Fun Facts about Caribbean Wildlife

Raffaele_WildlifeCaribbeanS14Did you know…

  • Residents of colonial Cuba could be punished for insulting the Cuban Trogon, a red-breasted bird whose plumage was seen as representing the red sash worn by Spanish kings.
  • Ackee with salt fish is Jamaica’s national dish, but the fruit can be highly poisonous if harvested or cooked incorrectly
  • The earliest attempt to import breadfruit into the Caribbean was thwarted by a famous mutiny — the one on the H.M.S. Bounty, which was carrying the seedlings among its cargo.
  • You can tell which way the wind blows on a given island by looking at the coconut palm trees, which often leans in the direction of the prevailing breeze.
  • The Caribbean is home to dozens of species of bats, about half of which are endemic to the islands.
  • The Red Junglefowl found in the Dominican Republic, Puerto Rico and the Grenadines is actually the feral offspring of formerly domesticated roosters and chickens.
  • Crocodiles are native to Cuba, Jamaica, the Dominican Republic, and Haiti.
  • Barracudas have been known to attack divers wearing sparkly clothing, which they can mistake for prey.
  • The black grouper can grow to four feet long and change its sex from female to male.
  • The Caribbean spiny lobster can swim backwards by flipping its tail.

Whether you are traveling to the Caribbean by plane or by cruise ship, make sure you pack a copy of Wildlife of the Caribbean by Herbert A. Raffaele and James W. Wiley so you can learn more about the birds, fish, mammals, and plants you might see.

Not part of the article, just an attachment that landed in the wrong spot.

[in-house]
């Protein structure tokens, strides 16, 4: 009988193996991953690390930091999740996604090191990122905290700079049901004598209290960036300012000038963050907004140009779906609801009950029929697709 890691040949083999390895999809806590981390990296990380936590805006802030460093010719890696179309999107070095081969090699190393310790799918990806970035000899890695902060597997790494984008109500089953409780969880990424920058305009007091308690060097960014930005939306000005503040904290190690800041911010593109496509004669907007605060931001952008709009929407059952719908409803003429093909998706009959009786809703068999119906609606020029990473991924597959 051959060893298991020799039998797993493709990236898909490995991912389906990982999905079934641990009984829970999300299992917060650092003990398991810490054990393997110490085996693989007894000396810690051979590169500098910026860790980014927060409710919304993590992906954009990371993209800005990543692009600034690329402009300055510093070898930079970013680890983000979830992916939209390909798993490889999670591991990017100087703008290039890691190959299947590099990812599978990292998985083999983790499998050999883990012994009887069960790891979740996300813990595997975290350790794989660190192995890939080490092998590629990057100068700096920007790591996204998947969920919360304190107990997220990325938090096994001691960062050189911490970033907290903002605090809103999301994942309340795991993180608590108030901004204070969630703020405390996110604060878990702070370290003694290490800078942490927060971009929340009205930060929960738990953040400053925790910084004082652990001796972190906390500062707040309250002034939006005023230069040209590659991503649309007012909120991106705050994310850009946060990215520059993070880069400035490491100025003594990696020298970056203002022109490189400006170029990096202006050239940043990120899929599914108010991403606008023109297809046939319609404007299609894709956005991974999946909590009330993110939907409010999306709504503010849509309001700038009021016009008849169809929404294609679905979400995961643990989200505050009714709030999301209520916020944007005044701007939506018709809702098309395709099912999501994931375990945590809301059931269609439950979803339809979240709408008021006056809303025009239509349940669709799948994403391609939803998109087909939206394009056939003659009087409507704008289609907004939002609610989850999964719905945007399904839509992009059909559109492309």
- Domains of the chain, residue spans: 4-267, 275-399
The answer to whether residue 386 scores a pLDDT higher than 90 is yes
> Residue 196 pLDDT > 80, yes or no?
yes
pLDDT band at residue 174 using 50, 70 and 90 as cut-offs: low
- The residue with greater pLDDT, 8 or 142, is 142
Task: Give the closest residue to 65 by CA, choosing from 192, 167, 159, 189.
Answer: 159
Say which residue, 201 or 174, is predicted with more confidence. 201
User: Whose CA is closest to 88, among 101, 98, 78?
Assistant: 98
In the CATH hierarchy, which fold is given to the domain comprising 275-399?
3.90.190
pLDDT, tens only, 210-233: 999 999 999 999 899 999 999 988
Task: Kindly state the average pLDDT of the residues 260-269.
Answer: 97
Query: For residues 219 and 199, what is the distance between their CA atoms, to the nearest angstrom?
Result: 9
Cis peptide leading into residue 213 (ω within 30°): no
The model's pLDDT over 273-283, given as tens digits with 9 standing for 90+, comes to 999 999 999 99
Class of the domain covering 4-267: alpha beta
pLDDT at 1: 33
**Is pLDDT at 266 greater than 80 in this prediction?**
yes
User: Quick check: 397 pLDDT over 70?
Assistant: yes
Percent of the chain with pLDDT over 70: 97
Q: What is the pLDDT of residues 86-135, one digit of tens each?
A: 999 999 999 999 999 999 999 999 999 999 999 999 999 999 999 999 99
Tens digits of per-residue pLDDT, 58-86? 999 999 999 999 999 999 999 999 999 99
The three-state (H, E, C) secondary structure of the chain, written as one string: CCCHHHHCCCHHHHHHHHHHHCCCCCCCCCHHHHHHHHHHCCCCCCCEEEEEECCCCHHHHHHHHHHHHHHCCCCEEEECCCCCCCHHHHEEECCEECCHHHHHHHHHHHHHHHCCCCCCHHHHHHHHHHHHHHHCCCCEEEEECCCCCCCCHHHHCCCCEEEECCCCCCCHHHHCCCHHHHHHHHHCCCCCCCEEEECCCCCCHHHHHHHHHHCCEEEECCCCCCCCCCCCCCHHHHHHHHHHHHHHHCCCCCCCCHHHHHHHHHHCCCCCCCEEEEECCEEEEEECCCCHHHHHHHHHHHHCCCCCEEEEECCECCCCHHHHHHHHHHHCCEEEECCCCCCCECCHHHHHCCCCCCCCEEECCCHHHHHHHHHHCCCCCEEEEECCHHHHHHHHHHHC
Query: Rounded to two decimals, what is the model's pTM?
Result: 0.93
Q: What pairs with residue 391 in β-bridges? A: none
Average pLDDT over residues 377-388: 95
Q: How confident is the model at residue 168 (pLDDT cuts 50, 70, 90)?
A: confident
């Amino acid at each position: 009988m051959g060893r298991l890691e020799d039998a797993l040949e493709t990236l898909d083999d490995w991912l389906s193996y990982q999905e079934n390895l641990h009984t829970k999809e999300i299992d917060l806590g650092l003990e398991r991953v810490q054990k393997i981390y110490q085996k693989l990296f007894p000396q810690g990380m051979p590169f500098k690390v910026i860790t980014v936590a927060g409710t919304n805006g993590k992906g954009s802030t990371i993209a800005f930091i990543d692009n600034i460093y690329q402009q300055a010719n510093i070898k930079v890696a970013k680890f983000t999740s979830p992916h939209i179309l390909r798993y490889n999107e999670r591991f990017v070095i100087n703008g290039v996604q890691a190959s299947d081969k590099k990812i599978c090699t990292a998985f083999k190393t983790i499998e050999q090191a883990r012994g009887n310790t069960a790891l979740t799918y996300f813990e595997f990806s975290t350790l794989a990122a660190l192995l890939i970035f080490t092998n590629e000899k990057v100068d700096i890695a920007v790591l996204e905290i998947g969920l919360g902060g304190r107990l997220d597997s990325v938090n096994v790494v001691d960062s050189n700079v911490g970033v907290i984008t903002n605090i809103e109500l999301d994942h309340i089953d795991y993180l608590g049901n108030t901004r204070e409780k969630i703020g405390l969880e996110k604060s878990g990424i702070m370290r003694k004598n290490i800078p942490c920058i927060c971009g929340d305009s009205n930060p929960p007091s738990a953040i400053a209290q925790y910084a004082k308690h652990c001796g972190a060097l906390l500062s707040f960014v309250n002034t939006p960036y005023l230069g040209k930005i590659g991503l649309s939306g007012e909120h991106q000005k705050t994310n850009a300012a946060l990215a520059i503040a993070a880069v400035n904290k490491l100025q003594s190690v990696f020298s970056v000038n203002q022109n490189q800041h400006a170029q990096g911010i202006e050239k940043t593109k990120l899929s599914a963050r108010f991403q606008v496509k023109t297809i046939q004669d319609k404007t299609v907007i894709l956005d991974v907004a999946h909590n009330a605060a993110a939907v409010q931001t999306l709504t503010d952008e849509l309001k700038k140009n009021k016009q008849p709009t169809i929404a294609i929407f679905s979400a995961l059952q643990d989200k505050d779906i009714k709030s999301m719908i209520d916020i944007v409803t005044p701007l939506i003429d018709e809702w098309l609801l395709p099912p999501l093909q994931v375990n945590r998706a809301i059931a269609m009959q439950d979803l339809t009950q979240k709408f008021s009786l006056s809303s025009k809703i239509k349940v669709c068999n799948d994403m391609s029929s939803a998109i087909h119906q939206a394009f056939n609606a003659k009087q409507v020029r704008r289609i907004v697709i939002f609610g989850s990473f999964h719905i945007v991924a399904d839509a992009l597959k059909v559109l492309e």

Credit — these fun facts were included in About.com Caribbean Travel’s review of Wildlife of the Caribbean.

Derek Lovitch Takes Flight

Derek Lovitch, author of How To Be a Better Birder and bird-blogger extraordinaire, recently posted on his blog Maine Birding Field Notes, that he was planning a flight of his own to visit some friends (feathered and otherwise) and make a few appearances to talk about his book. Live in the area? Maybe you’ll spot the birder while he birds!


How To Be A Better BirderEarly tomorrow morning I depart for Iowa, where I will be speaking at the Iowa Ornithologist Union’s Fall Meeting.  I’ll be giving the keynote presentation on “How to Be a Better Birder” using my SandyPoint case study program and I will also be showing my Russian Far East travelogue.  Finally, I will be joining the 2009 Bradbury Mountain Hawkcounter, Danny Akers, in leading a field trip.

After my weekend in the Hawkeye State, I head to Wisconsin to visit the Urban Ecology Center in Wisconsin.  In between and thereafter, I’ll be spending a couple of days birding and visiting with friends.   I’ll post the occasional update about migration in the Midwest, my birding, and other musings on my book’s Facebook page should you be interested in following my travels.

Now I am just left to wonder what state bird I will miss here in Maine while I am away (there’s always one!)


Don’t forget to check out the free downloads we’re currently offering. Click on the links below:
Crossley ID Guide Raptors : A sampler raptor guide in PDF format
Quick Finders from The Warbler Guide : A ‘quick finder’ designed to help you identify over 50 warblers faster with targeted color photos.